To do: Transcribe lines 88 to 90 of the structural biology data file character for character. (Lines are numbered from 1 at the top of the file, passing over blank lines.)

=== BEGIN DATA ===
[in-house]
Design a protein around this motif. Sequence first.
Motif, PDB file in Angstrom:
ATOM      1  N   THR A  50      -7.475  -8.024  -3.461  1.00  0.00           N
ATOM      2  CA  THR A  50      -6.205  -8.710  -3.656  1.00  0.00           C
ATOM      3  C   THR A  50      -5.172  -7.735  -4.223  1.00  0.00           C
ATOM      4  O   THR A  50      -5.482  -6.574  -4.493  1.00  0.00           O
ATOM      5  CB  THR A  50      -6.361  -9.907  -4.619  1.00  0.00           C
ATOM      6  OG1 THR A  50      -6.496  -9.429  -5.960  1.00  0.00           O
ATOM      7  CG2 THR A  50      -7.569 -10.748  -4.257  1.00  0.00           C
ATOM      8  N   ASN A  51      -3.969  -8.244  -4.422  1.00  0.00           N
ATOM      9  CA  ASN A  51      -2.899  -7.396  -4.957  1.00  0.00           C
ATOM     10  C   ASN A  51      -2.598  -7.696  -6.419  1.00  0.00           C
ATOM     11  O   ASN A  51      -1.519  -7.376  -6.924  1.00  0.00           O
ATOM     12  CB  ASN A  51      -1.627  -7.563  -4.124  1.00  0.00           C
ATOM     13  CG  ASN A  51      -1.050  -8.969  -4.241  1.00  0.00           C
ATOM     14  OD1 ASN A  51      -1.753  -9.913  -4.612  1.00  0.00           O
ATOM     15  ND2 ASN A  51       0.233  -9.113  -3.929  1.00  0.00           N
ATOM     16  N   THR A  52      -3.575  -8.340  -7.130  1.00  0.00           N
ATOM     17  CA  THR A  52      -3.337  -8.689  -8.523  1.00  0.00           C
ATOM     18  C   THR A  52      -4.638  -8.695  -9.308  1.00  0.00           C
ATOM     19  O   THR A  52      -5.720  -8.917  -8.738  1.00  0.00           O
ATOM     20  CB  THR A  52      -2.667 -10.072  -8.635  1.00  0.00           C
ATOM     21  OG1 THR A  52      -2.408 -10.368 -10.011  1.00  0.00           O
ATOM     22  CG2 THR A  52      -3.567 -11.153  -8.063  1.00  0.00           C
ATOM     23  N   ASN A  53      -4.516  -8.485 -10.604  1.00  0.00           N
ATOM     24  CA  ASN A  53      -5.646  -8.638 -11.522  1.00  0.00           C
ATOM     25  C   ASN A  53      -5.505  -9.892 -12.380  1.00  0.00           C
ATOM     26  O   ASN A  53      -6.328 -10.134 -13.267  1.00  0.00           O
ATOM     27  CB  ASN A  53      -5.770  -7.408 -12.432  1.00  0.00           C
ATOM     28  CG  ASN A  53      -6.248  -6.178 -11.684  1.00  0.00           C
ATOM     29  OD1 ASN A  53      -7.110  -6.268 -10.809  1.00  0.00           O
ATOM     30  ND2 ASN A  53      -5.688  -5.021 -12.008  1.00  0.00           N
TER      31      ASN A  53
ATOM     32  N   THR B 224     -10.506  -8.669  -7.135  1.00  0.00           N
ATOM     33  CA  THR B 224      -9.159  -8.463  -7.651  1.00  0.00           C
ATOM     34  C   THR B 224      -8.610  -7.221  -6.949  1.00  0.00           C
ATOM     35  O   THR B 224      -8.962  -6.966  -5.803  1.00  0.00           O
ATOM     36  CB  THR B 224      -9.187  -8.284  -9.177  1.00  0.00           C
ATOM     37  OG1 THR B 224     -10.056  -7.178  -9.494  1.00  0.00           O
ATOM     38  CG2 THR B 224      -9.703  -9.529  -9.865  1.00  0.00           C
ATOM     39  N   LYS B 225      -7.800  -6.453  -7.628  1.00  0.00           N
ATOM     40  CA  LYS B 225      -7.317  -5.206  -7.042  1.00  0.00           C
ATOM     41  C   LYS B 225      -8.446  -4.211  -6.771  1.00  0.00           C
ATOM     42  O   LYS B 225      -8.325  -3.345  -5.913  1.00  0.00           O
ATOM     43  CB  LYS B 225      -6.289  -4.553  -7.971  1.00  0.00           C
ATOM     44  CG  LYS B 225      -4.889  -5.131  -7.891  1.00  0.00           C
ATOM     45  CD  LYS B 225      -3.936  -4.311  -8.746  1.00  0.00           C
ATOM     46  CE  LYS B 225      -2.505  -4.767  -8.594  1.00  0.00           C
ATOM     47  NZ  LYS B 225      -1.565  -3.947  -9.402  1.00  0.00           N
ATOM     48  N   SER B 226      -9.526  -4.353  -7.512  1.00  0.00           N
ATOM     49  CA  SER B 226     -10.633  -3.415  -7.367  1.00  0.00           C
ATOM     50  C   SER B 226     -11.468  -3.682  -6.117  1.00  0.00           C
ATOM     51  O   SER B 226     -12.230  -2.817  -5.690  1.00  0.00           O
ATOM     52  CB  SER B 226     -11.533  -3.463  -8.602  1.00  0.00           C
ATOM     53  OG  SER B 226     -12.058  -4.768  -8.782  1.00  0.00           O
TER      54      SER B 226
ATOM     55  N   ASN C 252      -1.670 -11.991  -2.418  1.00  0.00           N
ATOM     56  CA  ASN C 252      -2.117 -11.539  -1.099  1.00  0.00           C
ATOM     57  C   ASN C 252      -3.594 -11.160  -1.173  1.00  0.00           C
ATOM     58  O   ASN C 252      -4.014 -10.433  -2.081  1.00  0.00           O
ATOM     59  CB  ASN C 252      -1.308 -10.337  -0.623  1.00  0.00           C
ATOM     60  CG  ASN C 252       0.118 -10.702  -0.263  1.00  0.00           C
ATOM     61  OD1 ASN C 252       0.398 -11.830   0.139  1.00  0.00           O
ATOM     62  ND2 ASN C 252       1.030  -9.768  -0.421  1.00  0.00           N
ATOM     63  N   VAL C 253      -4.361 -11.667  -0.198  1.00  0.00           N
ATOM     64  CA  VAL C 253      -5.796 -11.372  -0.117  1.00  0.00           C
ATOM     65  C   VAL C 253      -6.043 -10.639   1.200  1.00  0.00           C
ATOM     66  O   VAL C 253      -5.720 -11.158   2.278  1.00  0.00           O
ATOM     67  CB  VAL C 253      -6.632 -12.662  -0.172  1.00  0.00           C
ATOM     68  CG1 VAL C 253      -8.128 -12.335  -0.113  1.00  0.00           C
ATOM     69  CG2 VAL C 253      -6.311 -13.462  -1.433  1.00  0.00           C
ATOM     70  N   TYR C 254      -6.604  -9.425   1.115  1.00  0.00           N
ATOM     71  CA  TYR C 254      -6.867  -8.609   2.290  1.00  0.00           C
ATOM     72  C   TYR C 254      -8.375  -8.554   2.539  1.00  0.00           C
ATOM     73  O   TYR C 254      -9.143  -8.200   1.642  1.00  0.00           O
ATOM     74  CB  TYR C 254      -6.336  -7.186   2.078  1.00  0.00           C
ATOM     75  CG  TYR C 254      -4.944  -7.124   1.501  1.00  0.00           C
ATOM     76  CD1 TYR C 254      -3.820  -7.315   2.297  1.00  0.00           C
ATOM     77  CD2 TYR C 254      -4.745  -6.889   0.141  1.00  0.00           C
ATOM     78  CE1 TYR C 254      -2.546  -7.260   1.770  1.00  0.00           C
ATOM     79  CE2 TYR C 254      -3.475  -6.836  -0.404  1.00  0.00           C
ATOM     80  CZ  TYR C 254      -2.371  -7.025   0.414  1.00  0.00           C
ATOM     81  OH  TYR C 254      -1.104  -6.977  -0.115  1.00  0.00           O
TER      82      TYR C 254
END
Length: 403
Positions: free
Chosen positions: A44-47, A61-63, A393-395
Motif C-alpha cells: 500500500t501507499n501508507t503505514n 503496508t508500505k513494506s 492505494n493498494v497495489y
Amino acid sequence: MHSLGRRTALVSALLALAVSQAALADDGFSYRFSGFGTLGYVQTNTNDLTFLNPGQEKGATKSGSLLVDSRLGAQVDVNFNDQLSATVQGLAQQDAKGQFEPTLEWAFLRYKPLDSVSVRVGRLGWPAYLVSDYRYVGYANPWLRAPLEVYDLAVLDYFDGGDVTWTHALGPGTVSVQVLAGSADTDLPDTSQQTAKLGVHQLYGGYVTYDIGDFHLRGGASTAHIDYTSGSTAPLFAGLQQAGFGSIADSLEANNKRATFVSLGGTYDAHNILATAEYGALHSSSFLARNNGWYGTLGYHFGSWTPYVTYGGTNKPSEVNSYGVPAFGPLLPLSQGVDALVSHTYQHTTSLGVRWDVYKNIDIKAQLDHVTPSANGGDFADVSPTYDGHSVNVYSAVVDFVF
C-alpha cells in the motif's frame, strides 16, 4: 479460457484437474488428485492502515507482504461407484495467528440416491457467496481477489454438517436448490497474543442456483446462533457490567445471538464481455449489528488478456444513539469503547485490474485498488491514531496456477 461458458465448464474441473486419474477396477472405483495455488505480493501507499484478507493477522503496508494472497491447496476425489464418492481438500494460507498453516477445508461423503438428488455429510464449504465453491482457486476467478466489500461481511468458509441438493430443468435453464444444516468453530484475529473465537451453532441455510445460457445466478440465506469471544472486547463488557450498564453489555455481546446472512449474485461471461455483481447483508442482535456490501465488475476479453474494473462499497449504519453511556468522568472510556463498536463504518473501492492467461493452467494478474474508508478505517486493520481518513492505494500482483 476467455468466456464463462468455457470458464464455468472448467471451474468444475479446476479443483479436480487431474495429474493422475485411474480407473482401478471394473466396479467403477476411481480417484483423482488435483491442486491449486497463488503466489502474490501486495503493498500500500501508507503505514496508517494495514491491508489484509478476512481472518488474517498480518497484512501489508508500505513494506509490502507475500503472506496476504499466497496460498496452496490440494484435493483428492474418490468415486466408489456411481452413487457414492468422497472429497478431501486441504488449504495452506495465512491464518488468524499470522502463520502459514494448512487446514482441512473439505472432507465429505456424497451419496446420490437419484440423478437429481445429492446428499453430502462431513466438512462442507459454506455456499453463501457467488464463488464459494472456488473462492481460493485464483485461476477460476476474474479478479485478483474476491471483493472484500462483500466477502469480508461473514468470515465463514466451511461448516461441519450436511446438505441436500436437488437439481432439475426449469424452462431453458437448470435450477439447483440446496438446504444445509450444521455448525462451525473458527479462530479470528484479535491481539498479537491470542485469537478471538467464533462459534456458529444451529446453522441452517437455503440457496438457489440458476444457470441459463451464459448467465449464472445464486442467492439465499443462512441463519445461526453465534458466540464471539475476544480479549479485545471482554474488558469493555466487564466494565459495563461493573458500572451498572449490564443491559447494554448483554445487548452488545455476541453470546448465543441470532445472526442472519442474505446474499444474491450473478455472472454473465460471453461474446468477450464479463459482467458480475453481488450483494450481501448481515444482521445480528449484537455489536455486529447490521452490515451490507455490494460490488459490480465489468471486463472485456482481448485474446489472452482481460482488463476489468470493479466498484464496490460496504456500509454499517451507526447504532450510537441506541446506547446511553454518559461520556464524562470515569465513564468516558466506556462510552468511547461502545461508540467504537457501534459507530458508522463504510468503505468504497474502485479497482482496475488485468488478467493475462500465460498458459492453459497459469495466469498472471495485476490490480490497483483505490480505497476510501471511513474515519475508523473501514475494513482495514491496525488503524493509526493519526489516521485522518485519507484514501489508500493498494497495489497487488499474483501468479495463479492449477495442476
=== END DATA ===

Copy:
Positions: free
Chosen positions: A44-47, A61-63, A393-395
Motif C-alpha cells: 500500500t501507499n501508507t503505514n 503496508t508500505k513494506s 492505494n493498494v497495489y